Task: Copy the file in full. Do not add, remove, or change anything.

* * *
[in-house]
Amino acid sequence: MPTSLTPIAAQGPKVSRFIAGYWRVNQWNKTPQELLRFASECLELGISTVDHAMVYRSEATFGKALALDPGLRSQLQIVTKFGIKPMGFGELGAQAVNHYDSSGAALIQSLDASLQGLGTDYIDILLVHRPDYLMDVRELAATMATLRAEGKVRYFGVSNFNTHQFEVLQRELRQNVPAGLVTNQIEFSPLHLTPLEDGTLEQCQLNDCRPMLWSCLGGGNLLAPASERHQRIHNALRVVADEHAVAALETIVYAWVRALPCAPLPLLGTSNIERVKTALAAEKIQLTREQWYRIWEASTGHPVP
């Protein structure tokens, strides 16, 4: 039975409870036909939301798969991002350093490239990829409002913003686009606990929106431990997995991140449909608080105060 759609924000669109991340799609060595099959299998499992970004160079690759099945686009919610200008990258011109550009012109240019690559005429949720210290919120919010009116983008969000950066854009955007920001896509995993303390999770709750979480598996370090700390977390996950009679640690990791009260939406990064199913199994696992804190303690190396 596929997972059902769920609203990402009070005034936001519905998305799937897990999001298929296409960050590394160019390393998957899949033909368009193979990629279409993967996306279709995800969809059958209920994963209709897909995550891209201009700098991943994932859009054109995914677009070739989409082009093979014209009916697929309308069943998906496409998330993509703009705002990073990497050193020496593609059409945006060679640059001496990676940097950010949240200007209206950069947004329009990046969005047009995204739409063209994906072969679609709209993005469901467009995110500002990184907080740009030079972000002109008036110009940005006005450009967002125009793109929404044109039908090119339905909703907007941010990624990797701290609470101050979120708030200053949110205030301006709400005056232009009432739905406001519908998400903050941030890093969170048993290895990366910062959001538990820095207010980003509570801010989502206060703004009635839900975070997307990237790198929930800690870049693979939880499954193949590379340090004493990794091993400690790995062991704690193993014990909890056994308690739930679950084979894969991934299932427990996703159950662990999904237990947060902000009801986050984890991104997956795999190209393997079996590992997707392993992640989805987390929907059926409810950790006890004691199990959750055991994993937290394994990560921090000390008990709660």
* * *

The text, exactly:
[in-house]
Amino acid sequence: MPTSLTPIAAQGPKVSRFIAGYWRVNQWNKTPQELLRFASECLELGISTVDHAMVYRSEATFGKALALDPGLRSQLQIVTKFGIKPMGFGELGAQAVNHYDSSGAALIQSLDASLQGLGTDYIDILLVHRPDYLMDVRELAATMATLRAEGKVRYFGVSNFNTHQFEVLQRELRQNVPAGLVTNQIEFSPLHLTPLEDGTLEQCQLNDCRPMLWSCLGGGNLLAPASERHQRIHNALRVVADEHAVAALETIVYAWVRALPCAPLPLLGTSNIERVKTALAAEKIQLTREQWYRIWEASTGHPVP
């Protein structure tokens, strides 16, 4: 039975409870036909939301798969991002350093490239990829409002913003686009606990929106431990997995991140449909608080105060 759609924000669109991340799609060595099959299998499992970004160079690759099945686009919610200008990258011109550009012109240019690559005429949720210290919120919010009116983008969000950066854009955007920001896509995993303390999770709750979480598996370090700390977390996950009679640690990791009260939406990064199913199994696992804190303690190396 596929997972059902769920609203990402009070005034936001519905998305799937897990999001298929296409960050590394160019390393998957899949033909368009193979990629279409993967996306279709995800969809059958209920994963209709897909995550891209201009700098991943994932859009054109995914677009070739989409082009093979014209009916697929309308069943998906496409998330993509703009705002990073990497050193020496593609059409945006060679640059001496990676940097950010949240200007209206950069947004329009990046969005047009995204739409063209994906072969679609709209993005469901467009995110500002990184907080740009030079972000002109008036110009940005006005450009967002125009793109929404044109039908090119339905909703907007941010990624990797701290609470101050979120708030200053949110205030301006709400005056232009009432739905406001519908998400903050941030890093969170048993290895990366910062959001538990820095207010980003509570801010989502206060703004009635839900975070997307990237790198929930800690870049693979939880499954193949590379340090004493990794091993400690790995062991704690193993014990909890056994308690739930679950084979894969991934299932427990996703159950662990999904237990947060902000009801986050984890991104997956795999190209393997079996590992997707392993992640989805987390929907059926409810950790006890004691199990959750055991994993937290394994990560921090000390008990709660």